I’m a word girl. I live in a world of letters not numbers. And I’m quite happy there. Occasionally, my husband asks me to help reconcile the check book. And it makes me want to poke my eyes out. Can I get an “amen” from any of my sisters out there?
What I do understand about numbers is this: If you make a deposit, your bank account gets bigger. If you make a withdrawal, your bank account gets smaller. And if you make too many withdrawals, then you can’t buy that cute shirt at TJ Maxx.
I think if we peered inside our hearts, we’d see an inner bank account too labeled “energy and emotion.” When the craziness of life happens to us, it’s like a withdrawal from our account. Maybe a crisis comes up. A loved one gets sick. Or it could be just an especially busy (although good) season.
We’d like to think that those counts are endless and we can just keep hitting the ATM of our hearts without any consequences. But energy and emotion are finite resources. We’re human and we’ve got limited amounts of both. Too many withdrawals and we’re in the red. That may look like exhaustion, frustration or just plain ‘ol burnout.
Then we feel guilty. So we try harder. Which means more withdrawals. On and on it goes. Whew.
What we need isn’t to try harder but instead to replenish that emotion and energy account inside us. How do we do so? Here are a few ideas…
* Spiritually – Time with Jesus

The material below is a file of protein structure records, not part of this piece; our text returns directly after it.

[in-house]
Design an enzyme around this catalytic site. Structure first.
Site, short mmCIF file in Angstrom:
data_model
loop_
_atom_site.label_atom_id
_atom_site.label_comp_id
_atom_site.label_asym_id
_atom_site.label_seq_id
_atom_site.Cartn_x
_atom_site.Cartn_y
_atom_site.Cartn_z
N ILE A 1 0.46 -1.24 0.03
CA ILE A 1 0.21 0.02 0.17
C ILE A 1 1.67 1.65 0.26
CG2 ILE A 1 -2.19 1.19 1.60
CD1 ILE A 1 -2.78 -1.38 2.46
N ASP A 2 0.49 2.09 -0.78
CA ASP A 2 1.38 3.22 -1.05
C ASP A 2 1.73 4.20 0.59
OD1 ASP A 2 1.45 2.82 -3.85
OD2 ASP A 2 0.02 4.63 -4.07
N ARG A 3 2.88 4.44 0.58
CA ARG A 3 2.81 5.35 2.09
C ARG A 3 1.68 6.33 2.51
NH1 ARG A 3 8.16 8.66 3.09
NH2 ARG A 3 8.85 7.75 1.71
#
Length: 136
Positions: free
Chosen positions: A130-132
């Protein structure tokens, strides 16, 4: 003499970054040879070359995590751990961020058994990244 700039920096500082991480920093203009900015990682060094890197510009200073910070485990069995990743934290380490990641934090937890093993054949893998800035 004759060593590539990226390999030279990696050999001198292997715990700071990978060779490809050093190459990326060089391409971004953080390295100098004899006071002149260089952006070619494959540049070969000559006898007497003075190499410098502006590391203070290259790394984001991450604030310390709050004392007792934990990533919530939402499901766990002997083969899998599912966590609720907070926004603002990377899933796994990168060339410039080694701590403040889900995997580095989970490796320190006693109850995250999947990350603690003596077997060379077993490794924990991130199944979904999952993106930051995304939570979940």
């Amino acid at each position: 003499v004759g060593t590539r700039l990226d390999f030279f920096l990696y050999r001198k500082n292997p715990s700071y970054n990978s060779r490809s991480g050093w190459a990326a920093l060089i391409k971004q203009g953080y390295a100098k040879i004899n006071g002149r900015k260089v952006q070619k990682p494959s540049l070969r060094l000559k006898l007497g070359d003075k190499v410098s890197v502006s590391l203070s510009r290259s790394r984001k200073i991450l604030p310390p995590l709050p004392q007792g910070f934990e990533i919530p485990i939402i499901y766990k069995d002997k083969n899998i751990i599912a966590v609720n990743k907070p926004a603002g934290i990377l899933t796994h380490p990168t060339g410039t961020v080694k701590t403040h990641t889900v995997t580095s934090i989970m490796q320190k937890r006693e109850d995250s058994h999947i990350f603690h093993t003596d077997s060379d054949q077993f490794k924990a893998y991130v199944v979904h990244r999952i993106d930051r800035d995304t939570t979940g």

* Physically – If you really need sleep, find a way to get some
* Emotionally – What brings you joy? Do it–even if it’s just for five minutes
* Socially – Who makes you feel better when you talk to them? Connect, even if it’s just a quick hello
* Miscellaneous – We all have weird things that make us feel better. If it’s not illegal or immoral, go for it.
The response I get from women when I talk about this is usually, “But that feels so selfish.” Here’s the difference: you are replenishing that account as an investment so you can spend it on someone else later. If you’ve got a billion dollars in the bank and you just keep hoarding more, that’s one thing. If you’re running low and you know that you have bills to pay and ways you want to give, then taking care of your account isn’t selfish–it’s stewardship.
At the end of reconciling our checkbook I look at the bottom line. It’s a positive number and I smile because it means we can meet the opportunities ahead effectively–and because I can go to TJ Maxx. I’ve got a feeling that God does the same when He sees us taking care of the bank accounts in our hearts. He knows He can call on us to give and we’ll be ready to answer.
What’s one small way you can make a deposit in your life today?